Child Status Protection Questions and Answers – (CSPA Q & A Part 1)

1. What is the Child Status Protection Act (“CSPA”)?

The CSPA is an attempt by Congress to address the BCIS (formerly known as the INS) and State Department processing delays in approving permanent residency status. Prior to CSPA, any children beneficiaries of immigrant visa petitions who turned 21 before their immigrant visa or adjustment of status was adjudicate were no longer eligible for the immigrant visa. This is commonly known as aging out. Backlogs at BCIS and the State Department meant that even though the visa petitions or adjustment of status applications were filed long before the children turned 21, they aged out and could not be granted permanent residency status. Congress enacted an ameliorative statute allowing the age of children to be artificially frozen if certain conditions were met so that they would not age out.

2. The CSPA sounds straightforward. Have BCIS and the State Department
started applying the CSPA?

The CSPA is a very awkwardly written law. Until recently, the State
Department only allowed its Consulates to apply it in limited situations and
required Consulates seek an advisory opinion from headquarters before
approving immigrant visas under CSPA. Advisory opinions take time to be
issued adding to the processing delays. But, the State Department has
recently issued guidelines to its Consulates on how they should apply the
CSPA without the need for advisory opinions.

The BCIS also initially provided limited guidance to its field offices and
service centers on the application of CSPA. Like the State Department, it
too just issued guidance to its offices on how it interprets the law and how
it should be applied.

3. Who does the CSPA apply to?

Both the State Department and BCIS have advised that the CSPA applies only to those children whose immigrant visa petitions, either as a principal beneficiary or a derivative beneficiary, are approved on or after August 6, 2002. In some very limited circumstances, it may also apply to petitions filed and approved before August 6, 2002.

4. My sister sponsored me for permanent residency. I was interviewed at the Consulate before August 6, 2002 and my eldest child turned 21 just before my interview. Will CSPA now apply for him?

The State Department has limited the application of CSPA in pre-August 6, 2002 cases allowing some children to still benefit under CSPA. This includes children whose parents were sponsored either through family or work petitions for permanent residency. If the child applied for a visa and was refused in cases filed before August 6, 2002 because he aged out, the CSPA will not apply. But, if the child was refused on any other ground, the Consulates must obtain an advisory opinion on how it should apply the CSPA. The State Department anticipates the majority of its CSPA cases will be pre August 6, 2002 cases. It has therefore instructed its Consulates to begin any CSPA case by determining whether the age out child was ever denied a visa on the grounds that he aged out.

The BCIS considers pre August 6, 2002 cases that have had no final determination made before August 6, 2002 to be eligible for CSPA. This has been expanded to include petitions filed before August 6, 2002 that are pending. A pending visa petition includes those on motions to reopen or reconsider or on appeal with the Administrative Appeals Office or the Board of Immigration of Appeals. But, this is limited to those appeals filed and/or pending on August 6, 2002.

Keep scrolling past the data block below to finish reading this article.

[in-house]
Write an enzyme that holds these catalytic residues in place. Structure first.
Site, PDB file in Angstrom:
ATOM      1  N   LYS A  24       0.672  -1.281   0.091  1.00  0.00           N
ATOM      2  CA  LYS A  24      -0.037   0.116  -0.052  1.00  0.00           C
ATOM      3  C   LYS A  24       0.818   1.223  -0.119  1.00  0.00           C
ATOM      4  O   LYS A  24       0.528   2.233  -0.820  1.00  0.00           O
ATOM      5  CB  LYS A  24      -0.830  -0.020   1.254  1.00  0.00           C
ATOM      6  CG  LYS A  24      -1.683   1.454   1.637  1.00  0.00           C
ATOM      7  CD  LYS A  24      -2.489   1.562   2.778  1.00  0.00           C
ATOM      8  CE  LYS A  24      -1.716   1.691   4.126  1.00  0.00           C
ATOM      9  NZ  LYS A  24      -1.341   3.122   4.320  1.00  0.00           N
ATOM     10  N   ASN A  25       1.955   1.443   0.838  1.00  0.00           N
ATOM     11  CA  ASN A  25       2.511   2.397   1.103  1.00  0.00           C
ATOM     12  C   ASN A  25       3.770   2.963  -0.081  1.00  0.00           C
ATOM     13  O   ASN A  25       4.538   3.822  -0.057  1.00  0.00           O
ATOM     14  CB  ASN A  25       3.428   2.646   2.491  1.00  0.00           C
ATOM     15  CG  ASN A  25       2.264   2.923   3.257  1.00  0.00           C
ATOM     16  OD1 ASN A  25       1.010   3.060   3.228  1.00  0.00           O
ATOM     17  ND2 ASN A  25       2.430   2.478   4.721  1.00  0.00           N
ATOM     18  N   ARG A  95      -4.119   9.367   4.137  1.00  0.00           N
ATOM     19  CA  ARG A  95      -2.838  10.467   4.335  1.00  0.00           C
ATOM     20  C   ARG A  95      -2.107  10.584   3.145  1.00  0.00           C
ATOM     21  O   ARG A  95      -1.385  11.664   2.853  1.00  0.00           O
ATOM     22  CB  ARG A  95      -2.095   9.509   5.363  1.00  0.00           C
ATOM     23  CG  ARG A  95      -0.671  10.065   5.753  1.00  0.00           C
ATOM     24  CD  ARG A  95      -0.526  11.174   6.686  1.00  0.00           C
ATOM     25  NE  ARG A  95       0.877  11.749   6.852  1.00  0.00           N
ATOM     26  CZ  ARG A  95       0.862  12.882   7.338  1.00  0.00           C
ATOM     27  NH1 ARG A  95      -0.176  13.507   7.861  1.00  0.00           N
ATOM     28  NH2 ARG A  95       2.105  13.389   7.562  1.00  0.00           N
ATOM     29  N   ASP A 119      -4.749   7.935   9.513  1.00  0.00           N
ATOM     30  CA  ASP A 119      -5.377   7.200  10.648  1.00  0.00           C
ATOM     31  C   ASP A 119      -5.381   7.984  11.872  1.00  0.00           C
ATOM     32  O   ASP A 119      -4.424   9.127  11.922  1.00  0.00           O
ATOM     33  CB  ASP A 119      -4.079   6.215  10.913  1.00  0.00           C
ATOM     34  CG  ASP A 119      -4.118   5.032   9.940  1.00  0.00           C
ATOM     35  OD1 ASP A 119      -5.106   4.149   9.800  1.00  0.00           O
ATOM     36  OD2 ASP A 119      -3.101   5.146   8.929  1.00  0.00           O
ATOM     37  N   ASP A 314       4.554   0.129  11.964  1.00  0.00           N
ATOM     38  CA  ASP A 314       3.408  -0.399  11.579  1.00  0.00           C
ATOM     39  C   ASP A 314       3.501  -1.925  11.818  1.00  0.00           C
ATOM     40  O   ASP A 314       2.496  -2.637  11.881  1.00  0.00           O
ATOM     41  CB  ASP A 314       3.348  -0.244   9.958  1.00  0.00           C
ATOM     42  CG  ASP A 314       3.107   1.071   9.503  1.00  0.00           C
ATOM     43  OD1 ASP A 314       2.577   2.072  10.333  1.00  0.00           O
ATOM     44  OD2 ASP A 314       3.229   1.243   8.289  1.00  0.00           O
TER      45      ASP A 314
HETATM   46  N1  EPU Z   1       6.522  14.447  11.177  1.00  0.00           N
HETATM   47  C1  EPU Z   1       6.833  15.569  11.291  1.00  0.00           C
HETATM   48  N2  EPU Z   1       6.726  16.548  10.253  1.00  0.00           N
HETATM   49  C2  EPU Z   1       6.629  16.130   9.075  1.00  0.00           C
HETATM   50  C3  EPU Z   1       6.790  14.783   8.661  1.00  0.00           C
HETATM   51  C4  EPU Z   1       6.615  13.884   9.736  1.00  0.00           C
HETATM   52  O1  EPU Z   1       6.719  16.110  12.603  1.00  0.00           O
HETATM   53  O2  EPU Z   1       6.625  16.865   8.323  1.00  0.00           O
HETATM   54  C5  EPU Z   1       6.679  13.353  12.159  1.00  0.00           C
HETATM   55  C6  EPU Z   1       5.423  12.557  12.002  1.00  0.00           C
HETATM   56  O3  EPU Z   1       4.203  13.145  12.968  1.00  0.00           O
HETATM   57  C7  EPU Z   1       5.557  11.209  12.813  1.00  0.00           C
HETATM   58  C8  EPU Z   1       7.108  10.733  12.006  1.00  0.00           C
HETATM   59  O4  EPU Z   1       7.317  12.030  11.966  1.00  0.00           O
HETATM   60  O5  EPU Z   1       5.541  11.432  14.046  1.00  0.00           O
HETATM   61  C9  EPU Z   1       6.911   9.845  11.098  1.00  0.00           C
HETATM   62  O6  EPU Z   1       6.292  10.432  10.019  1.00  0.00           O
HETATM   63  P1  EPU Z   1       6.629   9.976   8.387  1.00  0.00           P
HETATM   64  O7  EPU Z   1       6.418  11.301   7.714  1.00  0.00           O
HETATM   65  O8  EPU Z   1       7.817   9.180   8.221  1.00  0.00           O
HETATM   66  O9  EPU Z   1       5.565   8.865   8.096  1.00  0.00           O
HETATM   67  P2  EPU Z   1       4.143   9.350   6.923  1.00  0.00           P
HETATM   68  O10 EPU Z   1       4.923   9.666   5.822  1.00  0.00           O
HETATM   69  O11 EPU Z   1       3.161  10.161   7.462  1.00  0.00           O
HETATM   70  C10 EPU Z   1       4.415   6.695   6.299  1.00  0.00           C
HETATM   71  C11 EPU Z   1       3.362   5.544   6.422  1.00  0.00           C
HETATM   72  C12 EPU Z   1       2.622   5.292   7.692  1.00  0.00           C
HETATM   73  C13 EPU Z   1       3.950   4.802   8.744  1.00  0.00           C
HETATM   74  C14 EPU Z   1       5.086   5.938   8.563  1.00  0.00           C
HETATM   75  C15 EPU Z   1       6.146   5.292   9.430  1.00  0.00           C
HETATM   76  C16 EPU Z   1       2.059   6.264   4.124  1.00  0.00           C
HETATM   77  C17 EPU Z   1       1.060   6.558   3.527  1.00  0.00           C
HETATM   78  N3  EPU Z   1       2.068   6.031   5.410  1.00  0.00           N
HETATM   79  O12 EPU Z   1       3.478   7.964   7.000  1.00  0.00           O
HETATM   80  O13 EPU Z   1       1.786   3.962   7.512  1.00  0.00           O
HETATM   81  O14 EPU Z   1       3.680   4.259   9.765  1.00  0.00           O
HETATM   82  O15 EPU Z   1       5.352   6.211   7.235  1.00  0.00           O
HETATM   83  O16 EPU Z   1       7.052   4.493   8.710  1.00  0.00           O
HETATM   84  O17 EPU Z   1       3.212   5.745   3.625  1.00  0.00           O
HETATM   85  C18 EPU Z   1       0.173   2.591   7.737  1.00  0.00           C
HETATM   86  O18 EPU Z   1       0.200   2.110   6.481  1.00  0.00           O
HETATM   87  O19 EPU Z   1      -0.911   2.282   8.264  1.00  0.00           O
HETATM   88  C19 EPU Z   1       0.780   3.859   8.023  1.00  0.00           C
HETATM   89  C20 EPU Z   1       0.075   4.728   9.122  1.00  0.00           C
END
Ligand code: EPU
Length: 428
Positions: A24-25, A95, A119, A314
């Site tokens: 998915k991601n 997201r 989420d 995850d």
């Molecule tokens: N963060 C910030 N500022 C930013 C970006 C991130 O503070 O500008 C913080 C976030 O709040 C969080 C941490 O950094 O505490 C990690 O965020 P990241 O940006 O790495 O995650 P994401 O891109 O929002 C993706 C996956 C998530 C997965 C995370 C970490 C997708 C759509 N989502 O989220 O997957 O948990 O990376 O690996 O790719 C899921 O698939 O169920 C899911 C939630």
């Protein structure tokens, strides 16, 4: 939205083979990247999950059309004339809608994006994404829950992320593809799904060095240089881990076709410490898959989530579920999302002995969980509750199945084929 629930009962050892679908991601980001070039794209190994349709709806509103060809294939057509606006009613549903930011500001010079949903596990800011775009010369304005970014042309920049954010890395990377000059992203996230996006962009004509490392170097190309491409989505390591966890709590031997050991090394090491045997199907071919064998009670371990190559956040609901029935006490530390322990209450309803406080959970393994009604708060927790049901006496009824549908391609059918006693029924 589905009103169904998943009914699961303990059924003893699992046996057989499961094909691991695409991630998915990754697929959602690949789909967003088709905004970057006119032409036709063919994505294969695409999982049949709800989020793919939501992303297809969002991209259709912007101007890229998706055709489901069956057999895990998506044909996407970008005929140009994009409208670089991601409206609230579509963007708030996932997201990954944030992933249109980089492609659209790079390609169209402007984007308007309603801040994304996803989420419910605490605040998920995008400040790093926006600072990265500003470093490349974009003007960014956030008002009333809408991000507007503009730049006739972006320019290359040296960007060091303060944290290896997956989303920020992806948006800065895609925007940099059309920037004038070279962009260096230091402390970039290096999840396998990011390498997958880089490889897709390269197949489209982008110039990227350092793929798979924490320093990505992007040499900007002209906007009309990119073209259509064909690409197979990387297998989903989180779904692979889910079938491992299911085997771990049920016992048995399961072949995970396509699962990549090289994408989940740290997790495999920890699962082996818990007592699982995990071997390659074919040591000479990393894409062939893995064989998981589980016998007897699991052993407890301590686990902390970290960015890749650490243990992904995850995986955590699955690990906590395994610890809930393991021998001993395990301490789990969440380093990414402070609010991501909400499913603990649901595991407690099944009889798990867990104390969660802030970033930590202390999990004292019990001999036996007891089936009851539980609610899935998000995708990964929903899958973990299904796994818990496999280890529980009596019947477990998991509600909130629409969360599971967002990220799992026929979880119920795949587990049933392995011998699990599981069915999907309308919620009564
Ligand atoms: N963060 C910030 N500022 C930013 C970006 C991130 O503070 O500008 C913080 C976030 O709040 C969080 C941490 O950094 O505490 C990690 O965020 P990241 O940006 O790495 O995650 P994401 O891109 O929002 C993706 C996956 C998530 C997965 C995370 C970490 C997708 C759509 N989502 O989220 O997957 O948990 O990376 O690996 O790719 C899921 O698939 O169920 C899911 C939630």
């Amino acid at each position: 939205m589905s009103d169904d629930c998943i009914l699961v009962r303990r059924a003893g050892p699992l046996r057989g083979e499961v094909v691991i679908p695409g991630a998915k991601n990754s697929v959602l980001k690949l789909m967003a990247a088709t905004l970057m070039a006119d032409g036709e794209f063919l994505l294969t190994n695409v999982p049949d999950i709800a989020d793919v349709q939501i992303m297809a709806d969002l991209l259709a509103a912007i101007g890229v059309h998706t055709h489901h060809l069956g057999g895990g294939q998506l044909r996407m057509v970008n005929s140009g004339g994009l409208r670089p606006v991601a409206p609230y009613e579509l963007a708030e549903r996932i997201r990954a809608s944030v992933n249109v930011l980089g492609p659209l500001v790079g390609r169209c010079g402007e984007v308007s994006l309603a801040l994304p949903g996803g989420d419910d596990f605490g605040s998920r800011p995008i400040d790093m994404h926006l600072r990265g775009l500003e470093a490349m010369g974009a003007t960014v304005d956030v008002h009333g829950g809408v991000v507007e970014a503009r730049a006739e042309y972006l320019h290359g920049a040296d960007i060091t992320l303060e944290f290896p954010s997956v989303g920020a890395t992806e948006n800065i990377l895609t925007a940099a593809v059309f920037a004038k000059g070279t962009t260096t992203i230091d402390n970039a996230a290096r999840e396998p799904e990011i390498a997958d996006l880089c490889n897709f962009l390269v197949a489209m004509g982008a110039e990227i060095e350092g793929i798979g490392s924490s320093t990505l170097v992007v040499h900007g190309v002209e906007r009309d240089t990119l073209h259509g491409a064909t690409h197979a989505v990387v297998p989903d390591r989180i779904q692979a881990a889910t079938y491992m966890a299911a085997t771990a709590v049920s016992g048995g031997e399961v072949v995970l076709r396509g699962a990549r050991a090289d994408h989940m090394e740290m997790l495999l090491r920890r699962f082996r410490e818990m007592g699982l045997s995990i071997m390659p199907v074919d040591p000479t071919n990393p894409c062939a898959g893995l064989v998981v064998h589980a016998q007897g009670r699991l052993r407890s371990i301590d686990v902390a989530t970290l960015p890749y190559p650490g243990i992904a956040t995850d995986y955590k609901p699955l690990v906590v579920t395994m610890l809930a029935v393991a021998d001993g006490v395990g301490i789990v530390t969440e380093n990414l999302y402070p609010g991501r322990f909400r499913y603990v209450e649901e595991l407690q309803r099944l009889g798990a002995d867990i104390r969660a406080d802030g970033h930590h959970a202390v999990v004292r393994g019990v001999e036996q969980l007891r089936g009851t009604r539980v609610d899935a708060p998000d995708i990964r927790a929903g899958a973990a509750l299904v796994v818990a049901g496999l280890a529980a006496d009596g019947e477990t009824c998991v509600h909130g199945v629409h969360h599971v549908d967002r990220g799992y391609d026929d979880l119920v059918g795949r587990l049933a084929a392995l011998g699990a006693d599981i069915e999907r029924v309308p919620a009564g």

Motions to reopen or reconsider based on the child aging out because of BCIS delay will not count. If the BCIS, or its predecessor, the INS, denied an immigrant visa petition because the child had aged out, motions to reopen or reconsider will not allow the child to obtain CSPA benefits.

5. I am processing my immigrant visa at the U.S. Consulate and my eldest
turned 21 on August 6, 2002. Does CSPA apply?

CSPA will apply to children who turn 21 on August 6, 2002. The children will have to meet the other criteria of the law to obtain its benefit..

6. I became a U.S. citizen in October 2002. I petitioned for permanent residency for my children in November 2002. My eldest turned 21 in December 2002. Has he aged out?

Generally, the child has not aged out. The CSPA freezes the age of the unmarried children of U.S. citizens in three circumstances. First, if the child is not sponsored until after the parent becomes a U.S. citizen, the child’s age is frozen on the date of the filing of the petition. In the question above, the controlling age for the children would be their ages in November 2002. If the BCIS or State Department took four years to process the case, the children would still be considered to be under the age of 21.

Second, if a parent sponsors children when the parent is a permanent resident and then becomes a U.S. citizen, the children’s ages are frozen on the date the parent becomes a U.S. citizen. For instance, if in the above question, the parent filed immigrant petitions for her children before October 2002, their ages would freeze the day she became a U.S. citizen.

The third circumstance where a U.S. citizen’s child’s age is frozen involves dissolution of marriage. The married children of a U.S. citizen cannot be petitioned for as an immediate relative. If the child of a U.S. citizen is married and subsequently divorces before reaching the age of 21, that child’s age can be frozen under CSPA. The U.S. citizen parent must have filed an immigrant petition. The child’s age would freeze on the date the divorce became effective as long as that occurred before the child turned 21.